Taipei-The value of government-approved foreign direct investment in Taiwan rose over 9 percent in the first nine months of 2019 from a year earlier, due mainly to effects of the ongoing U.S.-China trade war, the Investment Commission said Monday.
In the first nine months of this year, approved FDI in the country was nearly US$7.88 billion, a 9.37 percent year-on-year growth, while the number of approved FDI applications increased 1.5 percent from a year earlier to 2,703, commission data showed.
In September, approved FDI in Taiwan was about US$1.36 billion, a year-on-year growth of 111 percent, mainly because an investment injection of US$450 million in a project for the construction and operation of an offshore wind farm by Yunneng Wind Power Co., Ltd. in Yunlin County was approved by the commission that month.
From January to September, the electronic component sector had the largest approved foreign investment of US$2.67 billion, followed by the financial/insurance sector with US$1.5 billion, the machinery equipment manufacturing sector with US$750 million, the retail and wholesale sector with US$640 million and the electricity and gas supply sector with US$470 million.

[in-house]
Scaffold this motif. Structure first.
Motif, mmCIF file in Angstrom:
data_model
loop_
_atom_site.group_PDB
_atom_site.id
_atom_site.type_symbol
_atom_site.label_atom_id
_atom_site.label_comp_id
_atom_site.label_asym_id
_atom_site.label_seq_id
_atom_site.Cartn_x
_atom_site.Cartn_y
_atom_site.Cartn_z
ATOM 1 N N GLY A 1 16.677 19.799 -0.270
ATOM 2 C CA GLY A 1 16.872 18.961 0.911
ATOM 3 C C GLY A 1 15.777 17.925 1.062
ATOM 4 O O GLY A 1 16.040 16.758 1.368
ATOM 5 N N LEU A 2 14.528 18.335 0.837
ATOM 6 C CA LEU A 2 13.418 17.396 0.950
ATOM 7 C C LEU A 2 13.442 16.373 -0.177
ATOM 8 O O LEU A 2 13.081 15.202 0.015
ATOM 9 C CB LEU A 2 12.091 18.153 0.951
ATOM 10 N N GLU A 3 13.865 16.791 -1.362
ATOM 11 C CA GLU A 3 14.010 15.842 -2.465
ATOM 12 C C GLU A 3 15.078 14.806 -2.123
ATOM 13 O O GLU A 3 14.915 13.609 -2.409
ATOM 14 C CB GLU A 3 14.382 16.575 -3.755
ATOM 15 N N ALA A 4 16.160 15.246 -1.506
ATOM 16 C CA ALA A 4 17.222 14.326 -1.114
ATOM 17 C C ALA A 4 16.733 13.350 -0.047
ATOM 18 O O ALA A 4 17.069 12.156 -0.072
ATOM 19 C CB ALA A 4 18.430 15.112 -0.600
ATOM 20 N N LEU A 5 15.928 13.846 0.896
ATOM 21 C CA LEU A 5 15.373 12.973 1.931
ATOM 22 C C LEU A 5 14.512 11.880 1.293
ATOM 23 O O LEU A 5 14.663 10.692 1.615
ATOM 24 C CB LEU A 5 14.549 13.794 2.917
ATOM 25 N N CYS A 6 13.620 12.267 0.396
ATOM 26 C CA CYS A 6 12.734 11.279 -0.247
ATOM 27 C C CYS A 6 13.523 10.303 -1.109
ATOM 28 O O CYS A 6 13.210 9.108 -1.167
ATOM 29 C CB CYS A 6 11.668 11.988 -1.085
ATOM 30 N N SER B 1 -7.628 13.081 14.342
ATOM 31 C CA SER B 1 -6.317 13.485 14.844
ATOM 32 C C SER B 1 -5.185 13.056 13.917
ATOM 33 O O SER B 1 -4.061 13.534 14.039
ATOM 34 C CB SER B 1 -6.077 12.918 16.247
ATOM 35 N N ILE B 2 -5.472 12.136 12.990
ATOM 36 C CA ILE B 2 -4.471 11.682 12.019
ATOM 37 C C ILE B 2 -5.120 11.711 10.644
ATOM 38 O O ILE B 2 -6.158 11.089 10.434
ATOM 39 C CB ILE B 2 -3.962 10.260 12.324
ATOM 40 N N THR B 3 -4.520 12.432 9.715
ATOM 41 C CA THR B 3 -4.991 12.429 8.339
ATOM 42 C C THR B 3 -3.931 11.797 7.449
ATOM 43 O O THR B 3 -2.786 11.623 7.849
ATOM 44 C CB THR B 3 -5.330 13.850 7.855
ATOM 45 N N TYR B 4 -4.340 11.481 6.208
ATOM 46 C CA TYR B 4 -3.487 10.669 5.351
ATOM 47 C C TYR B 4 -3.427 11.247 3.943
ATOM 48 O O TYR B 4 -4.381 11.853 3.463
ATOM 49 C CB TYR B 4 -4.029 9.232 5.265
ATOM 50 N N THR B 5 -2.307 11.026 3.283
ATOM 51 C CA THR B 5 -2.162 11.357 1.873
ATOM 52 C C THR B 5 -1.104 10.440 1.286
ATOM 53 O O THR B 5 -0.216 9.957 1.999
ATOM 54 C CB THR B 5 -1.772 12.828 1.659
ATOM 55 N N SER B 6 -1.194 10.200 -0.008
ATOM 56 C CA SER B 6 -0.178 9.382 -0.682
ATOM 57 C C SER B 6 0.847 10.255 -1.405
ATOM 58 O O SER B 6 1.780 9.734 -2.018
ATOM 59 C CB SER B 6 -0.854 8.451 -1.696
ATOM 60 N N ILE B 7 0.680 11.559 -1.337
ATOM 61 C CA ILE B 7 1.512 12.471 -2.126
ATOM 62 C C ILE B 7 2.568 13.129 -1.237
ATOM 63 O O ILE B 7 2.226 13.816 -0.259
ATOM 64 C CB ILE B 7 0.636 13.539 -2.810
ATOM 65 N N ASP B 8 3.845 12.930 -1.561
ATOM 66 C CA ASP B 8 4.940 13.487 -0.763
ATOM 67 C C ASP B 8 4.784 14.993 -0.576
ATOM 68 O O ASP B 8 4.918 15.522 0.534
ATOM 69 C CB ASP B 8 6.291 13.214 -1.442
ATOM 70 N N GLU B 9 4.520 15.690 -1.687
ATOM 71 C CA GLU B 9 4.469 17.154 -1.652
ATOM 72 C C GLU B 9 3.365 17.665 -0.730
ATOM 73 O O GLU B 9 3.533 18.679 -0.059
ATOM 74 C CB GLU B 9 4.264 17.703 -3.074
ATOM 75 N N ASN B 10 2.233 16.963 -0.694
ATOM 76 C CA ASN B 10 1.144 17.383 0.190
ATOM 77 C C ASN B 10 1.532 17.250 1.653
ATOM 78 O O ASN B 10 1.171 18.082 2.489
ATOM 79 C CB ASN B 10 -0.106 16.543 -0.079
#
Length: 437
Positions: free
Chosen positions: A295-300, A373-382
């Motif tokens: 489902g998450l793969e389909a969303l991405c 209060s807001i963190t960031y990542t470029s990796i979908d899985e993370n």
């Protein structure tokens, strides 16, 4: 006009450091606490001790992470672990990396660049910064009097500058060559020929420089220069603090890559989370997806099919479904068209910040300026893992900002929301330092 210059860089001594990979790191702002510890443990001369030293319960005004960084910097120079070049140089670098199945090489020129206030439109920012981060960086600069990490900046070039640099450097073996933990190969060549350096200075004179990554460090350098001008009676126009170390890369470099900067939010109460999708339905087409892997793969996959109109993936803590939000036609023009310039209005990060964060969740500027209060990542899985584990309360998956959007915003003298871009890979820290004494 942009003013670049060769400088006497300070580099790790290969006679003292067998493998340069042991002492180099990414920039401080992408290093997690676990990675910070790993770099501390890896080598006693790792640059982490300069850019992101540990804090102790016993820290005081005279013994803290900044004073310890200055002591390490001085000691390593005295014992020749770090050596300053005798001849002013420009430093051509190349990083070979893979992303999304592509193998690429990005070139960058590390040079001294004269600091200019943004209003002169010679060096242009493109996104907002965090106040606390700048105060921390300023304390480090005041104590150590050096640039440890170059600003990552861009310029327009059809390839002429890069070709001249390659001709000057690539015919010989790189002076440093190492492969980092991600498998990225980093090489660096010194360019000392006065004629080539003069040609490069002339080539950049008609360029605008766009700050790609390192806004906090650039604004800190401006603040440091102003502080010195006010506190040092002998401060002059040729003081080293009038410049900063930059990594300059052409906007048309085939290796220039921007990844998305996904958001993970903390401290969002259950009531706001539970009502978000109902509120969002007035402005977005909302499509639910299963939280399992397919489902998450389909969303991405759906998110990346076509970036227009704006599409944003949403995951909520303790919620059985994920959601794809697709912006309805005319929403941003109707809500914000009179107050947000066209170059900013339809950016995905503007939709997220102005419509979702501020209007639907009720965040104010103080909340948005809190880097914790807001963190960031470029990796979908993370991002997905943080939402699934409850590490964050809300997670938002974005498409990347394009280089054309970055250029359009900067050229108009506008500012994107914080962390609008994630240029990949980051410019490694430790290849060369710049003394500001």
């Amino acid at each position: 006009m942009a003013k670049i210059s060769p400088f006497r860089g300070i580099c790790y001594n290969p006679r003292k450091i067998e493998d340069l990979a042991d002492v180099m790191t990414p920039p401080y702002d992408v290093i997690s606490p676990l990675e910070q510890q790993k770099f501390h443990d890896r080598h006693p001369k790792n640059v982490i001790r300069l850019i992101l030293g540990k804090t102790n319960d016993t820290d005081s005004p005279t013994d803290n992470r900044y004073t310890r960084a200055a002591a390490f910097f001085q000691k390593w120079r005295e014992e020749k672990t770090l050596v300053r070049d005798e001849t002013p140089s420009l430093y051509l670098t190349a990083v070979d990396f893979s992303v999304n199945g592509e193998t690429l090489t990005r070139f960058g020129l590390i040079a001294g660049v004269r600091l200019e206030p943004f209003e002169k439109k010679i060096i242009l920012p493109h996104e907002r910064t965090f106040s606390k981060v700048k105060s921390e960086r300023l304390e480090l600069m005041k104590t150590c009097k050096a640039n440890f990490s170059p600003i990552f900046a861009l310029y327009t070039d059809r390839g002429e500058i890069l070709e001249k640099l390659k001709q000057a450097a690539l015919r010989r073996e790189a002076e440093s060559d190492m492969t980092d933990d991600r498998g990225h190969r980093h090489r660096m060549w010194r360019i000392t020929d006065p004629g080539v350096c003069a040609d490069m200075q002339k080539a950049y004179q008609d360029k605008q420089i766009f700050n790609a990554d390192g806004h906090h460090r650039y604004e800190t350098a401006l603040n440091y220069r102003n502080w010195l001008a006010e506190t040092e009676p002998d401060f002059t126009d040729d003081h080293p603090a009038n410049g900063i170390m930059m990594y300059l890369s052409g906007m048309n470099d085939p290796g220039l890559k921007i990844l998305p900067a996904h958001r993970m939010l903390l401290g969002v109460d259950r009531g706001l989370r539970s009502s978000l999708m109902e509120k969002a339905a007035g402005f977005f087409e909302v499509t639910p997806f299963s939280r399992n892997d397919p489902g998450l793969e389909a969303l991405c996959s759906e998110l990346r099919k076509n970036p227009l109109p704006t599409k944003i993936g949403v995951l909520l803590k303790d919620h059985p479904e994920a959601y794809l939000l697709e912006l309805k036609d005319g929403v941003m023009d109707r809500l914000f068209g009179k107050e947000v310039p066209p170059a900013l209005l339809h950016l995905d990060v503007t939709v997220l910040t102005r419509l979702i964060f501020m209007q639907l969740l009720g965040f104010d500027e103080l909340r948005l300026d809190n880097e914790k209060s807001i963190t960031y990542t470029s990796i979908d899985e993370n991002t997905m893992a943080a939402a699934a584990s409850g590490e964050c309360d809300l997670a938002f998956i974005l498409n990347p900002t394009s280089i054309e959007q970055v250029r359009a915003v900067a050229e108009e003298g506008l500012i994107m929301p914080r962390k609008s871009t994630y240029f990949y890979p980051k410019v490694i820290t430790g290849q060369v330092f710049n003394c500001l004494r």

Meanwhile, approved Chinese investment in Taiwan during the nine-month period totaled US$87.30 million, down 54.63 percent from a year earlier, the commission said.
At the same time, the value of approved China-bound investment in the first nine months of the year was US$2.82 billion, down 56.9 percent from a year earlier, due mainly to the ongoing China-U.S. trade war that has prompted some China-based Taiwanese firms to quicken their pace of returning to invest in Taiwan.
In terms of Taiwan's outbound investments (excluding China), the value reached about US$5.45 billion, down 36.82 percent from the same period of 2018.
Meanwhile, the amount of approved investment in Taiwan from countries targeted by the government's New Southbound Policy (NSP) surged 24.4 percent year-on-year from January to September to US$2.26 billion.
The 18 countries under the NSP, which was launched by the Democratic Progressive Party government after President Tsai Ing-wen (???) took office in May 2016, are the 10 member countries of the Association of Southeast Asian Nations, along with Australia, New Zealand and South Asian countries, including India.
Source: Focus Taiwan News Channel